|It was quite the experience, to say the least. On the first day, I think I fell into the very common trap of trying to cater to people. I was drawing what I thought people expected me to draw and it just wasn’t me. It was just too grey. There was no freedom to it. I think it was a very corporate and conservative response to an opportunity to showcase my true artistic self, and I’m not a grey person at all.|
The time limit certainly added pressure and then there was the competition. I’m just not used to people competing with me. Art is not a competition. It was a host of new experiences including the camera and the audience and everything. As an artist, you’re not really used to that stuff. It’s the criticism too. However, this is the part I’m used to. It’s an important part of the process.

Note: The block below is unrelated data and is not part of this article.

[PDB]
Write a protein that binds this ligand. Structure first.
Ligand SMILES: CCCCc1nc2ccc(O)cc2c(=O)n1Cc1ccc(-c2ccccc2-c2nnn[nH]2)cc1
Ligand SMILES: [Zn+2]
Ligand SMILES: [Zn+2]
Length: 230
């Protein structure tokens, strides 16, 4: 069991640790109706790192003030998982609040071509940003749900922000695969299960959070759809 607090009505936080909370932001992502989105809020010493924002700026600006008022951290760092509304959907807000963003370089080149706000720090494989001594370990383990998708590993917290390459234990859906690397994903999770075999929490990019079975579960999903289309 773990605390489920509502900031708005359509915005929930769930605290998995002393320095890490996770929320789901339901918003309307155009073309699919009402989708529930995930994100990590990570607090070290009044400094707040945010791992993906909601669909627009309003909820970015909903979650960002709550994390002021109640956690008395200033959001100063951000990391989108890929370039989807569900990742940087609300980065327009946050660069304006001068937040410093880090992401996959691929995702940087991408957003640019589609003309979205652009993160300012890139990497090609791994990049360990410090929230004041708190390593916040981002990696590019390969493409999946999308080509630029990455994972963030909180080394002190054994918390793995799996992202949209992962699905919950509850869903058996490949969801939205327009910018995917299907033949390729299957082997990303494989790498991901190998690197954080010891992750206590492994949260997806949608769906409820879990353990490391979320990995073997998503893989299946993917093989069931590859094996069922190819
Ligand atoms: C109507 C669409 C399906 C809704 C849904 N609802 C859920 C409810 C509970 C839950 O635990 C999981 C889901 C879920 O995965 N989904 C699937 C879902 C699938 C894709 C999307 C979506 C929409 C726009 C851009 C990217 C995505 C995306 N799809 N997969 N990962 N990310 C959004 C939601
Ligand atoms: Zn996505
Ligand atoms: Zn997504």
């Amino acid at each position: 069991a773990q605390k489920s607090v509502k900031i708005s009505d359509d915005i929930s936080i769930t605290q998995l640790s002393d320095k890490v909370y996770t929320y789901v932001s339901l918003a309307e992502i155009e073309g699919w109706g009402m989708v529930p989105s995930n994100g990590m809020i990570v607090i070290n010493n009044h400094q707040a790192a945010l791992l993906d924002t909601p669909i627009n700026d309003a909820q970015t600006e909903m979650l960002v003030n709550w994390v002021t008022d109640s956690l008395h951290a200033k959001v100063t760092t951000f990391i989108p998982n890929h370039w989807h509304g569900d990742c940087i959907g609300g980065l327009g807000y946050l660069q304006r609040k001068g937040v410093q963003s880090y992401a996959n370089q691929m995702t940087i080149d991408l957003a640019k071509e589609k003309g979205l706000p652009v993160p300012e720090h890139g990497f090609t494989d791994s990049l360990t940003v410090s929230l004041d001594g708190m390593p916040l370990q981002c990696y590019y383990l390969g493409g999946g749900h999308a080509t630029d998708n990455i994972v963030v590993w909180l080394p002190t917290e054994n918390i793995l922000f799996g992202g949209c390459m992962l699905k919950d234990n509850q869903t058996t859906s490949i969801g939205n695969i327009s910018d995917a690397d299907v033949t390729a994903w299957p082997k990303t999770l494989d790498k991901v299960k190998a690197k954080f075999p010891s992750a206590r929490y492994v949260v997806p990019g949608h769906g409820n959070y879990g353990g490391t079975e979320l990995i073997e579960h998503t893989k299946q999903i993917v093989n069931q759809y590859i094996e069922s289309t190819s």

What I enjoyed the most about the entire experience was the spectacle of it. By spectacle, I mean just the sheer amount of people that come together to put the thing together. When you walk the hallways you see the editors, the assistants, the green rooms, the girls that set up all the artwork, sound engineers and the camera technicians. It’s like a swarm of ants all over the place and as soon as the production guy says he’s ready to shoot, there’s absolute silence. In that moment you just end up getting extremely nervous because all these people have turned silent for you.
These people are thorough professionals. They come together to shoot an episode of something and then disperse. It was extremely exciting to see the professional standard that they operated on. It just blew me away. I can only imagine what it’d be like to be on the set of a James Bond film or Star Wars. I’d be absolutely numb. I honestly wouldn’t know where to look. With the show, I’m glad I was able to focus after day one. You have an hour, there’s no time for distractions whatsoever. Overall, it was quite the experience.